Thomas Hurley, Assistant Superintendent of Operations for the Department of Juvenile Justice, expounds on the necessity of engaging youth offenders, and former youth offenders, in the development of safer, peaceful communities
Every youth has a parent, two parents (whether they be engaged with them or not) — they're somebody's son, somebody's daughter, and we need to treat all youth the same way, like they're our kids.
How do we get them going in a different direction? I think sometimes the thing we take for granted is the trauma that these young people have incurred. Sometimes we look at them as bad kids, and they're really wounded, broken, hurt. And we need to help to repair that, have that level of concern, of care, no matter what their mistakes, no matter what their situation.
I think we've got to get them to a place where they desire to repair the harm that they've done to the community: acknowledging it first, understanding that they did harm, and then, how they repair that harm.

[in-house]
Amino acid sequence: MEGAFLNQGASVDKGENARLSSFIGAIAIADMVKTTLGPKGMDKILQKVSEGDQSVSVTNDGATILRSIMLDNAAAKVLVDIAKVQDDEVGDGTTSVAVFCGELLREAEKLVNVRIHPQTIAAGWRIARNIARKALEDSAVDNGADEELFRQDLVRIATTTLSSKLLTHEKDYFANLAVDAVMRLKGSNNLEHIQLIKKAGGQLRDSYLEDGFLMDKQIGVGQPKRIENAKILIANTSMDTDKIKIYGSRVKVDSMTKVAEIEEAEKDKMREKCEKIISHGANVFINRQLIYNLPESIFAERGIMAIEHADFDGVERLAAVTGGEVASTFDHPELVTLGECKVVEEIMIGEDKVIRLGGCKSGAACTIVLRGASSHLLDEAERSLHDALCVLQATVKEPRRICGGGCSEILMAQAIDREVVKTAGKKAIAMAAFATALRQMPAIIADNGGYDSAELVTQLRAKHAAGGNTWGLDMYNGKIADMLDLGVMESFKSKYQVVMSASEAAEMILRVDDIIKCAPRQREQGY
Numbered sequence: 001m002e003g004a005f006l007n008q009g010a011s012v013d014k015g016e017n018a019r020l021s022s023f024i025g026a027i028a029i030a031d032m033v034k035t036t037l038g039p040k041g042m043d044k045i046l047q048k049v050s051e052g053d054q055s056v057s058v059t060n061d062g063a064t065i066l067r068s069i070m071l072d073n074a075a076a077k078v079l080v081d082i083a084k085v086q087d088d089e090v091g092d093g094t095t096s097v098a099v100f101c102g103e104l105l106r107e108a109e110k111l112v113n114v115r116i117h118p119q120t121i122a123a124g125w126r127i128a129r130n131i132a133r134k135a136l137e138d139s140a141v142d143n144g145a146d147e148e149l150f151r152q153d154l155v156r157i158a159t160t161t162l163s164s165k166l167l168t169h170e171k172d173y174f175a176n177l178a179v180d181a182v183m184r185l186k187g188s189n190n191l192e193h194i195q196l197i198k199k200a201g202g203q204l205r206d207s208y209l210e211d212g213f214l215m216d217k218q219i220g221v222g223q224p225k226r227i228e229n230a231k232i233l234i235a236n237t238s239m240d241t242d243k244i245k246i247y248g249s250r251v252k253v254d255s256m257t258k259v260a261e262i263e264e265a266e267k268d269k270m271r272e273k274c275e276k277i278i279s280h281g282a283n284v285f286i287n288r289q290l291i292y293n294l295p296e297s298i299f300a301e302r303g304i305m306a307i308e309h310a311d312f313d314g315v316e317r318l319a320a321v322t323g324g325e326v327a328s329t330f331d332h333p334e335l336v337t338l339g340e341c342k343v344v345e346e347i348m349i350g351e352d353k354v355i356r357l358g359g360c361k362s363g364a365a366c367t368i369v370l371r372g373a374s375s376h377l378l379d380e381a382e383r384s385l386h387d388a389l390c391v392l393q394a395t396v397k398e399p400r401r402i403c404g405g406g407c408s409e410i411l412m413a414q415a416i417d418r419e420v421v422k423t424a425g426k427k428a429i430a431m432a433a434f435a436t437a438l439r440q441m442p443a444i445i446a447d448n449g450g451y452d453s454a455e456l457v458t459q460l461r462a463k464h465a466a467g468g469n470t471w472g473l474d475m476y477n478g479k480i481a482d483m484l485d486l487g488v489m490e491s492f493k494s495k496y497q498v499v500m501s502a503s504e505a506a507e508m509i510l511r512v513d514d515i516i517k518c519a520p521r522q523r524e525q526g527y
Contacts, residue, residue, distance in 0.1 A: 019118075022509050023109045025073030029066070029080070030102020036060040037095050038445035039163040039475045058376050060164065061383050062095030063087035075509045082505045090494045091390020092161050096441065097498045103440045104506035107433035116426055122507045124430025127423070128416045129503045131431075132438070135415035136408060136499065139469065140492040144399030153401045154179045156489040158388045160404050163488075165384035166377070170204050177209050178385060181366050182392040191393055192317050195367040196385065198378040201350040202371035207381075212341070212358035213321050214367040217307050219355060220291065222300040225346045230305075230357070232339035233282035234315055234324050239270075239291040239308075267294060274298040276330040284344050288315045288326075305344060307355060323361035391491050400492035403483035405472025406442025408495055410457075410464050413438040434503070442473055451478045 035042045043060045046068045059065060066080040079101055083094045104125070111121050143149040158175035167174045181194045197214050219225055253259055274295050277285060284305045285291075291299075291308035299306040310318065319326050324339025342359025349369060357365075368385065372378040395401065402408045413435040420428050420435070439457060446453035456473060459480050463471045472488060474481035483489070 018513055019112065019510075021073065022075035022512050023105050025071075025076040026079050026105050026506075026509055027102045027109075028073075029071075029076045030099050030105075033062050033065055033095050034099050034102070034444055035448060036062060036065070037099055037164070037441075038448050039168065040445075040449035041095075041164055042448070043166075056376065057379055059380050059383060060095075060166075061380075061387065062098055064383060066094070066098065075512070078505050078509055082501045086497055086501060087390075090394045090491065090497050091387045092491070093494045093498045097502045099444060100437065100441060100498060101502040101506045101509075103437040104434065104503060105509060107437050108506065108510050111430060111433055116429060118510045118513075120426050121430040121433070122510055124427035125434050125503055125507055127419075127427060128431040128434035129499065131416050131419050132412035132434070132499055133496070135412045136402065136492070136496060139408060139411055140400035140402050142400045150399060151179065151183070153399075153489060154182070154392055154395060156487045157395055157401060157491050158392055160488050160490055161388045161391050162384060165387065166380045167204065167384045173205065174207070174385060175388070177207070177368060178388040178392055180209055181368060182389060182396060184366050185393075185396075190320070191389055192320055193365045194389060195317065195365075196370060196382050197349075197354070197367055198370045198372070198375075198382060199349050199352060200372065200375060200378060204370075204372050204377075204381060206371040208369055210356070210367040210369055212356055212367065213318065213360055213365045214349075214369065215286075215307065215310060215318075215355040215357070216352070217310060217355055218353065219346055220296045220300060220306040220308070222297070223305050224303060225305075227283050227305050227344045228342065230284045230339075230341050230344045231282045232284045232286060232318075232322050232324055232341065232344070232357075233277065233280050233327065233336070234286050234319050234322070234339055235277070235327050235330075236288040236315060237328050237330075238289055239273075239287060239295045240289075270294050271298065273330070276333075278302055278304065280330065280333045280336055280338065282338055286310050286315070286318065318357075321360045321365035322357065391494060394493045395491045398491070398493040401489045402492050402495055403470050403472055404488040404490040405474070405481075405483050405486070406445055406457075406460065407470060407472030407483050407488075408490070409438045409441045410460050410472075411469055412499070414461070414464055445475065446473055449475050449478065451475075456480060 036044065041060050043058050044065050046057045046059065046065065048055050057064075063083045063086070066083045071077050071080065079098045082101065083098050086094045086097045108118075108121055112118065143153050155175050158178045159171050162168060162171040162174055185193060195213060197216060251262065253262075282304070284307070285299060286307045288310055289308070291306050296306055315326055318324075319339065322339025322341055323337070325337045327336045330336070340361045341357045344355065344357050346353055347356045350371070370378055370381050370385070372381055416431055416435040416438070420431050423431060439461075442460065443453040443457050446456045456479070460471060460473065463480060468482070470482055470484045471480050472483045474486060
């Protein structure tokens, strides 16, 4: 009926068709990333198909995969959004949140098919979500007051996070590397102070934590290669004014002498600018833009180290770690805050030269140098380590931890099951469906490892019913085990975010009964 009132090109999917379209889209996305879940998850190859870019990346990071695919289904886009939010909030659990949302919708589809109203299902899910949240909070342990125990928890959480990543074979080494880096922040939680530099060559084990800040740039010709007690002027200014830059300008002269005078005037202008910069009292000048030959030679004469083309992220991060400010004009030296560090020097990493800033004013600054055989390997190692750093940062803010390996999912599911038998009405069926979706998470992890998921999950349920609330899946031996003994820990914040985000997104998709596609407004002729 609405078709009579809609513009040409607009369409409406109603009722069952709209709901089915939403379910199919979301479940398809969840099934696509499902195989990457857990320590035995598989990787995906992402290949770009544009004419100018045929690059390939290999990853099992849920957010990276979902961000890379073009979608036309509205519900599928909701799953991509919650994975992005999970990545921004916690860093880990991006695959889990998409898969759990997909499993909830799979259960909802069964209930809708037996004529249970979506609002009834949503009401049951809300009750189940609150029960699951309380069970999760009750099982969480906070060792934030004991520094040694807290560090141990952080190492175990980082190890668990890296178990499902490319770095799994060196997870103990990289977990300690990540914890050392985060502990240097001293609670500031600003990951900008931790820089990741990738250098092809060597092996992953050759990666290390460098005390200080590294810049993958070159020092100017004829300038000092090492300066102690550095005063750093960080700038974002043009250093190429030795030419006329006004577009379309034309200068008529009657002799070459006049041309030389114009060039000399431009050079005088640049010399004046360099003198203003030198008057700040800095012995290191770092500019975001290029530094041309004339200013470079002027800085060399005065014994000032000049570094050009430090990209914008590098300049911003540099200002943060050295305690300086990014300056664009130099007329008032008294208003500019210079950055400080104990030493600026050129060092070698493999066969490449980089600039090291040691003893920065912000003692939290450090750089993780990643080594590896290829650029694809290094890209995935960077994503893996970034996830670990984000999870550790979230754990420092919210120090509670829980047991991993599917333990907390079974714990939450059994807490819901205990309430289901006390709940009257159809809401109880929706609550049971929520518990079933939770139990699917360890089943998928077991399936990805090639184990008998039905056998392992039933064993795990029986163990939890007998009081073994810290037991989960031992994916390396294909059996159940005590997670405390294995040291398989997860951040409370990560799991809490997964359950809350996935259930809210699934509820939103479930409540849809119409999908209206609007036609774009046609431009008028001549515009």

That's a collective effort. It's going to take that whole-village perspective to accomplish what we need to accomplish, and bring peace to our communities and streets.
The reality is that a very comprehensive approach is needed, so whether someone is in custody, in the community, a perpetrator of a crime at some point in their lives, or Joe Citizen, everybody needs to be engaged in this process…
It's everybody's problem, it's everybody's issue, it should be everybody's concern.
Hurley was interviewed at the Truth & Reconciliation Summit, an event hosted by 2018 Safe & Peaceful Chicago grantee the Darren B. Easterling Foundation
This is a story about the Community Safety and Peace strategy of the Partnership for Safe and Peaceful Communities.
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